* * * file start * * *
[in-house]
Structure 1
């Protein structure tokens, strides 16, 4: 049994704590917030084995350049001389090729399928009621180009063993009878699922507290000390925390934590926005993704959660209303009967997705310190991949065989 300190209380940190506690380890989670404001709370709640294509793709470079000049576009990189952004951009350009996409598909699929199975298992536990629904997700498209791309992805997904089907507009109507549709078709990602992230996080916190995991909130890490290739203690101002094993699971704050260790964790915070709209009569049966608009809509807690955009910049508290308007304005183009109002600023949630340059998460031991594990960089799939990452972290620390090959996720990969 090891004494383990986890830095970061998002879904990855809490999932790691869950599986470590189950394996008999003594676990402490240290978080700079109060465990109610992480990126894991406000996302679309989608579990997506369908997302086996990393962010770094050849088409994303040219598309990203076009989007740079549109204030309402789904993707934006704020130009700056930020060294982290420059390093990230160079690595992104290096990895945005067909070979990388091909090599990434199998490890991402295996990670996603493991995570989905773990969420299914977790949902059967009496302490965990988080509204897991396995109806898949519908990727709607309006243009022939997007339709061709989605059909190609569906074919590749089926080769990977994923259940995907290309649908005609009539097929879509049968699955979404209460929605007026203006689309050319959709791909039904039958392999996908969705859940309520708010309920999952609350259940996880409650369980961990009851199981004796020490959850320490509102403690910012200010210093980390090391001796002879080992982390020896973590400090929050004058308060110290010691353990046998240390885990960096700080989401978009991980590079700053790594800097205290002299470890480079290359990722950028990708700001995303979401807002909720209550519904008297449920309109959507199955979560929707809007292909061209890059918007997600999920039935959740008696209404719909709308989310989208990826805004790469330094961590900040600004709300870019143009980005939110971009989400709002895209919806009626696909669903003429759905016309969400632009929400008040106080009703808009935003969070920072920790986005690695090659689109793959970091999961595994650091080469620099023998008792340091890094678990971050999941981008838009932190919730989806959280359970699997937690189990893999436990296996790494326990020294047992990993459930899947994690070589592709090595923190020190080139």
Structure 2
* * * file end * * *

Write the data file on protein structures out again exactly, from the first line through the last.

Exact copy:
[in-house]
Structure 1
């Protein structure tokens, strides 16, 4: 049994704590917030084995350049001389090729399928009621180009063993009878699922507290000390925390934590926005993704959660209303009967997705310190991949065989 300190209380940190506690380890989670404001709370709640294509793709470079000049576009990189952004951009350009996409598909699929199975298992536990629904997700498209791309992805997904089907507009109507549709078709990602992230996080916190995991909130890490290739203690101002094993699971704050260790964790915070709209009569049966608009809509807690955009910049508290308007304005183009109002600023949630340059998460031991594990960089799939990452972290620390090959996720990969 090891004494383990986890830095970061998002879904990855809490999932790691869950599986470590189950394996008999003594676990402490240290978080700079109060465990109610992480990126894991406000996302679309989608579990997506369908997302086996990393962010770094050849088409994303040219598309990203076009989007740079549109204030309402789904993707934006704020130009700056930020060294982290420059390093990230160079690595992104290096990895945005067909070979990388091909090599990434199998490890991402295996990670996603493991995570989905773990969420299914977790949902059967009496302490965990988080509204897991396995109806898949519908990727709607309006243009022939997007339709061709989605059909190609569906074919590749089926080769990977994923259940995907290309649908005609009539097929879509049968699955979404209460929605007026203006689309050319959709791909039904039958392999996908969705859940309520708010309920999952609350259940996880409650369980961990009851199981004796020490959850320490509102403690910012200010210093980390090391001796002879080992982390020896973590400090929050004058308060110290010691353990046998240390885990960096700080989401978009991980590079700053790594800097205290002299470890480079290359990722950028990708700001995303979401807002909720209550519904008297449920309109959507199955979560929707809007292909061209890059918007997600999920039935959740008696209404719909709308989310989208990826805004790469330094961590900040600004709300870019143009980005939110971009989400709002895209919806009626696909669903003429759905016309969400632009929400008040106080009703808009935003969070920072920790986005690695090659689109793959970091999961595994650091080469620099023998008792340091890094678990971050999941981008838009932190919730989806959280359970699997937690189990893999436990296996790494326990020294047992990993459930899947994690070589592709090595923190020190080139």
Structure 2